How far so far

Edris Khamissa


Channel: Edris Khamissa

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A consultant from South Africa discusses the success of schools in the UK and emphasizes the importance of remaining in a mode of growth and not abandoning the country. They stress the challenges faced by schools in the mainstream, including a high budget and the need for dynamic leadership. The speaker is impressed with the young people doing great work and encourages them to use their ideas to develop leadership. They discuss the potential for creating a separate school for graduates and express excitement for the development of Muslim schools and the potential for them to create a separate environment. They also discuss the importance of celebrating the fullness of Islam and making a significant contribution to the country.

AI Generated Transcript ©

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Salam aleikum wa rahmatullah wa barakato. My name is Denise camisa. I'm a consultant in Education and Human Development from South Africa. And Alhamdulillah. Today, I have in my presence, Akram, Khan Chima, ob, the UK, and men have vast experience, and being an educationist, myself, and I want to interact with my brother to look at, firstly, why we should celebrate the successes of our schools. And what do you think our schools should be doing differently? cram? I mean, you know, if you look at the UK, and you have travel and Alhamdulillah, you have many schools preceptor.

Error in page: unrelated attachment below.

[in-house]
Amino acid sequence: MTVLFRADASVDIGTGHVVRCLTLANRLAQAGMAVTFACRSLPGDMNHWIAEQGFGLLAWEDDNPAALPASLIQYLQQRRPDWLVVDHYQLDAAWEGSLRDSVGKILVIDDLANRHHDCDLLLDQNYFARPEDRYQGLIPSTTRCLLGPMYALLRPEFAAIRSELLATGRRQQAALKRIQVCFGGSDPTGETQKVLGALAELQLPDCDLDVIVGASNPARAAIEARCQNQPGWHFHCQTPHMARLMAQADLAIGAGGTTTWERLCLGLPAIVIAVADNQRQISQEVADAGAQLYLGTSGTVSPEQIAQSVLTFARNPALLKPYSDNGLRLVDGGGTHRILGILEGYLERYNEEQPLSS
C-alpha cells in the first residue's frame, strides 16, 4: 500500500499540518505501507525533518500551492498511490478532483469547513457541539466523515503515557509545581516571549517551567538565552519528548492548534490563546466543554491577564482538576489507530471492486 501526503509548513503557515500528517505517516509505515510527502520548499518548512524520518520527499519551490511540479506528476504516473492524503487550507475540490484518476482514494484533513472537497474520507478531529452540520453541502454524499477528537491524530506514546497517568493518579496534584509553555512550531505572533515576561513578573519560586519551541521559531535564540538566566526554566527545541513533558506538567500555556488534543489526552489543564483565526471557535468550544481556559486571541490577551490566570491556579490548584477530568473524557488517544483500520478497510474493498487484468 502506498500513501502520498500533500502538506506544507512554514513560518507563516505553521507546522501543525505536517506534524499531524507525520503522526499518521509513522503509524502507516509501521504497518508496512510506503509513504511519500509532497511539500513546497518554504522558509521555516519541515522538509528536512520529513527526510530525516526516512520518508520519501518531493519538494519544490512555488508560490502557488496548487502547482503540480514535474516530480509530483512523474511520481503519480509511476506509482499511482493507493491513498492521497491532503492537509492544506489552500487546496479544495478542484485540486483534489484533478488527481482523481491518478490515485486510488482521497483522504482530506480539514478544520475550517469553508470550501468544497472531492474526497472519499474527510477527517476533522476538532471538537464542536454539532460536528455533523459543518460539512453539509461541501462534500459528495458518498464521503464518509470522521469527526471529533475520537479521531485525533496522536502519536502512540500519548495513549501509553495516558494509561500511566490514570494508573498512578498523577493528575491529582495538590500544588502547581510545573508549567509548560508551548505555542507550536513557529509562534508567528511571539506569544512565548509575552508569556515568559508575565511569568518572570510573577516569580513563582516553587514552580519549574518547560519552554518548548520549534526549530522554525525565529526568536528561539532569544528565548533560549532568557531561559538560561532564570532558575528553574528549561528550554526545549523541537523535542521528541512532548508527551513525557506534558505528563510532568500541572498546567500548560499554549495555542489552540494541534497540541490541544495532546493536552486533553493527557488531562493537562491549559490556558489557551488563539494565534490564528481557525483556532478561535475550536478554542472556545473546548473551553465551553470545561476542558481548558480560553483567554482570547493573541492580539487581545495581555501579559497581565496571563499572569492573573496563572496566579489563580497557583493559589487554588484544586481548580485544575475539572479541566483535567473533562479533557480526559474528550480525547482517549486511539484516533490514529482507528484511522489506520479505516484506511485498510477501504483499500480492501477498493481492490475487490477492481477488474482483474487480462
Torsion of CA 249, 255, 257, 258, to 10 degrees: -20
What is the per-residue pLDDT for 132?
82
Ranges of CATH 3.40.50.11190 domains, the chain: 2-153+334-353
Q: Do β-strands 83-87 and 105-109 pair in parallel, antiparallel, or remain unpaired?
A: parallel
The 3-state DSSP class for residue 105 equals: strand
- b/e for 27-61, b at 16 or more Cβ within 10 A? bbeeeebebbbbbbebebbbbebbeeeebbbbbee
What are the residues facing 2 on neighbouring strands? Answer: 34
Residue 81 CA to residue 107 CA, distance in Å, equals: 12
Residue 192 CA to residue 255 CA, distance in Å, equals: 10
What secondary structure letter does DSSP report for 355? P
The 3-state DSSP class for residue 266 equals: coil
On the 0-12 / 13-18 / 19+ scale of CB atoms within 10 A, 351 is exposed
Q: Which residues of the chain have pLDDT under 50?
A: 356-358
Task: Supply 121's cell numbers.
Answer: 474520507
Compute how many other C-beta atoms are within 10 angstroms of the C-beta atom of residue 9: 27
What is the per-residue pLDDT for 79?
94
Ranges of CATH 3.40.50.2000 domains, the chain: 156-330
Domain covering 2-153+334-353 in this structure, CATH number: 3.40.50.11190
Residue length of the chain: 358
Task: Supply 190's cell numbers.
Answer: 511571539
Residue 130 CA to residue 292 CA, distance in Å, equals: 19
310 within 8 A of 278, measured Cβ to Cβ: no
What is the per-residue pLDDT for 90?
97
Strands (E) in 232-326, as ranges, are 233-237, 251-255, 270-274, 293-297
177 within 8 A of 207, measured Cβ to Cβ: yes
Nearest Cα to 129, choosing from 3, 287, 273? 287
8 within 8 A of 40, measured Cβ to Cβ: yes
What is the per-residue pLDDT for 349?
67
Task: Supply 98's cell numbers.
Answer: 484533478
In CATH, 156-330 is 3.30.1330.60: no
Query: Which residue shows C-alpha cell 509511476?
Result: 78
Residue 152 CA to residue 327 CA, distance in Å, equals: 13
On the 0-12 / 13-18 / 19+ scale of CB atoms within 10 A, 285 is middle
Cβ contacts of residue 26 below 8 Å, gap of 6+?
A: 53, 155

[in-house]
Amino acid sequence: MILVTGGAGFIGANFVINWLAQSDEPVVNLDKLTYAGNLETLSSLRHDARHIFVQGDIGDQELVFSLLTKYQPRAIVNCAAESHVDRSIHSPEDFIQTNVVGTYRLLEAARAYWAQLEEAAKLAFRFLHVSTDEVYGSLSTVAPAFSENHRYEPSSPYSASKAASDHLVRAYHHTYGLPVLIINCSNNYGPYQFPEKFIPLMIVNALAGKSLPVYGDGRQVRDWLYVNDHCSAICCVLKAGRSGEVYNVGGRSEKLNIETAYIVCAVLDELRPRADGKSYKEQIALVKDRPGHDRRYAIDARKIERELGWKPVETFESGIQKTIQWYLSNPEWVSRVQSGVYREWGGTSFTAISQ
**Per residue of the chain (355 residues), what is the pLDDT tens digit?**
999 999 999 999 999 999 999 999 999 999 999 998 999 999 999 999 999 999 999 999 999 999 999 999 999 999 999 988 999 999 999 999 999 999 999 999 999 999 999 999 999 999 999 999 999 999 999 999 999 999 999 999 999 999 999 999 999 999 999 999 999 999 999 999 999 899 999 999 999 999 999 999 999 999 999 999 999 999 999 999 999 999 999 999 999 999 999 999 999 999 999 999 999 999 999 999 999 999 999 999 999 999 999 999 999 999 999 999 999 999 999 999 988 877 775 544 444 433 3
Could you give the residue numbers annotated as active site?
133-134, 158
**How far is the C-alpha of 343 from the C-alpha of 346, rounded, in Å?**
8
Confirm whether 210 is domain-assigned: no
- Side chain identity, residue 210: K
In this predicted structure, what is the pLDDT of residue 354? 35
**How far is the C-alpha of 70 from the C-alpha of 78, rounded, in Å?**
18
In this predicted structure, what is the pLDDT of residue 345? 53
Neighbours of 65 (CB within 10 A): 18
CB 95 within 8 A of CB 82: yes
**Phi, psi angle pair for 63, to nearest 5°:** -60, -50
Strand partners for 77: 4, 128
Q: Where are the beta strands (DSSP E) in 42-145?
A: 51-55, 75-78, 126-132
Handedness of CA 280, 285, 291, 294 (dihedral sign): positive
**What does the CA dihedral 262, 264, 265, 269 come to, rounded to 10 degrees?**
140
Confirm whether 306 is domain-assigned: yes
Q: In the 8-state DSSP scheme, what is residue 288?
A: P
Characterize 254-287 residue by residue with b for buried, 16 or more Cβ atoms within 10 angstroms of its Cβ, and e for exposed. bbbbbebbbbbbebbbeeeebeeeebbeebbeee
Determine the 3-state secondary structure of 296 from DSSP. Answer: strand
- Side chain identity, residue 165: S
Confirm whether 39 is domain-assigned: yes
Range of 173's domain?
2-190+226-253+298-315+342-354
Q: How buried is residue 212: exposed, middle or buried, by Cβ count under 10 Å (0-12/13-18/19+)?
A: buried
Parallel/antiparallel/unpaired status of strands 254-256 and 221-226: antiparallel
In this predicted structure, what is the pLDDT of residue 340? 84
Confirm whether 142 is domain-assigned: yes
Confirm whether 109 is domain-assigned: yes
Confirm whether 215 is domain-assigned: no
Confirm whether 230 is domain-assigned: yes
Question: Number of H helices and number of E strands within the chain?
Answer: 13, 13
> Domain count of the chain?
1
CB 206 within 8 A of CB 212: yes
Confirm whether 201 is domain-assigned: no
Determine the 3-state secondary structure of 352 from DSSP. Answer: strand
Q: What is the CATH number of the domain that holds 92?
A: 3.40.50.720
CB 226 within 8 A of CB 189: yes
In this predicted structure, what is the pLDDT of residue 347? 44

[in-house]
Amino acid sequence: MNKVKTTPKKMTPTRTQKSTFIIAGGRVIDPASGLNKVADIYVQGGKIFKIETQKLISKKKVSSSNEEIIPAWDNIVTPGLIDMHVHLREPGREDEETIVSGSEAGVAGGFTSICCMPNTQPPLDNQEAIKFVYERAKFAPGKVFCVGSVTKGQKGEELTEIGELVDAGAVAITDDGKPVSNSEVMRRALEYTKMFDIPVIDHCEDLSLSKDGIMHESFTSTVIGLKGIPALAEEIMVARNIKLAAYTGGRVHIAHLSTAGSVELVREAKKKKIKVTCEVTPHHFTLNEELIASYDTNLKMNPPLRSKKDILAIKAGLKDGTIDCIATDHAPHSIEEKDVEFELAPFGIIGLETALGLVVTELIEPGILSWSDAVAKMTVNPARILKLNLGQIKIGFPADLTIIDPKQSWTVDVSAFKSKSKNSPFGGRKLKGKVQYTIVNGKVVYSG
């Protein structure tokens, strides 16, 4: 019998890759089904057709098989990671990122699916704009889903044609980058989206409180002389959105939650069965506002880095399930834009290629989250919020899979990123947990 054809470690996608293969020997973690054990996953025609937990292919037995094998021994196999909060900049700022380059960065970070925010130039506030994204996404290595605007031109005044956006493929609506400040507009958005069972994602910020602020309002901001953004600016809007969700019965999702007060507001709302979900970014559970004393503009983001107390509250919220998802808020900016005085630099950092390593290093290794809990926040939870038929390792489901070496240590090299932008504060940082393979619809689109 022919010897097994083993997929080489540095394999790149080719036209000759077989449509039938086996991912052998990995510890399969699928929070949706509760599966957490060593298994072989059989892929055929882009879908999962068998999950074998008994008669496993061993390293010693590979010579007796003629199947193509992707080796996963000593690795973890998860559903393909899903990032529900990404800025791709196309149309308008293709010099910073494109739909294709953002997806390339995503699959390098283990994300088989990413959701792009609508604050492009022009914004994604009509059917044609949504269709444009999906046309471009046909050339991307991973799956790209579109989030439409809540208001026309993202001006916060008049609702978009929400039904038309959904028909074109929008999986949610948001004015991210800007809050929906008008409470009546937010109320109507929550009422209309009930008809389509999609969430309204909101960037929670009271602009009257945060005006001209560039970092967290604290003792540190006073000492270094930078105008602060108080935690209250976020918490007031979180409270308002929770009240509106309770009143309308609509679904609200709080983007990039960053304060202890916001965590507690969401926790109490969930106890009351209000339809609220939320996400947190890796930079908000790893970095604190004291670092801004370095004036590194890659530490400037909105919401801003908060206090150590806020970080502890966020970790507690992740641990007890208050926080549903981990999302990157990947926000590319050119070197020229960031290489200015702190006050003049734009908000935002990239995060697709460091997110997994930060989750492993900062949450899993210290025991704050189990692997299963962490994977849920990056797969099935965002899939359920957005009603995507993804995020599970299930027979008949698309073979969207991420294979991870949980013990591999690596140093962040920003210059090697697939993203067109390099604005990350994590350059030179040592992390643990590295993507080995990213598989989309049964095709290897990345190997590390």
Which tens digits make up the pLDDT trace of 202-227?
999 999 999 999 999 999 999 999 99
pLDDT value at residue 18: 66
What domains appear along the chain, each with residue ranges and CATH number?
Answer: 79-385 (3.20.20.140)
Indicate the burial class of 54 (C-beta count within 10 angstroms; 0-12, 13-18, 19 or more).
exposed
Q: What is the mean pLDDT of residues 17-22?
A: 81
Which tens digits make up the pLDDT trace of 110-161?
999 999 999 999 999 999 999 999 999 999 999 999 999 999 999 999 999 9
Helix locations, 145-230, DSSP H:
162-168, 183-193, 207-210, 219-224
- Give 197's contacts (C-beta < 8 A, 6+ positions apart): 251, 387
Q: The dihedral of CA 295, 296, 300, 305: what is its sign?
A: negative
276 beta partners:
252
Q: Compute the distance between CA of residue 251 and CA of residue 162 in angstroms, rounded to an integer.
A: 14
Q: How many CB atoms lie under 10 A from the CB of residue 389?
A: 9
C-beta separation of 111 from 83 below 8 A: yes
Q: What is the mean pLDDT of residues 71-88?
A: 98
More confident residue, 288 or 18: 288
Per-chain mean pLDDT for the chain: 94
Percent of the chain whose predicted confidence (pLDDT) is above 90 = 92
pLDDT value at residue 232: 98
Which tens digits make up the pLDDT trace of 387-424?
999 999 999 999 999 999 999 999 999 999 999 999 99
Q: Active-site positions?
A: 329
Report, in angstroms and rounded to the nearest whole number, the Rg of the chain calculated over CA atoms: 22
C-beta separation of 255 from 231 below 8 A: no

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What is your observation in the UK? How many Muslim schools are they?

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In the UK, Muslim schools have started with good Muslims who are worried about what they saw as the project and the process of education for their children. And some of them just a very small minority, who were mostly people who attended mosques. And they got together they were not educationist. And they started with this idea of we want to protect our daughters from this big bad world out there, that the secularists you know, that these people who will take our children away from our culture, our traditions, our values, and they started like that in 1980s. And very quickly, as the schools developed, and educators got involved, they moved away from that protecting their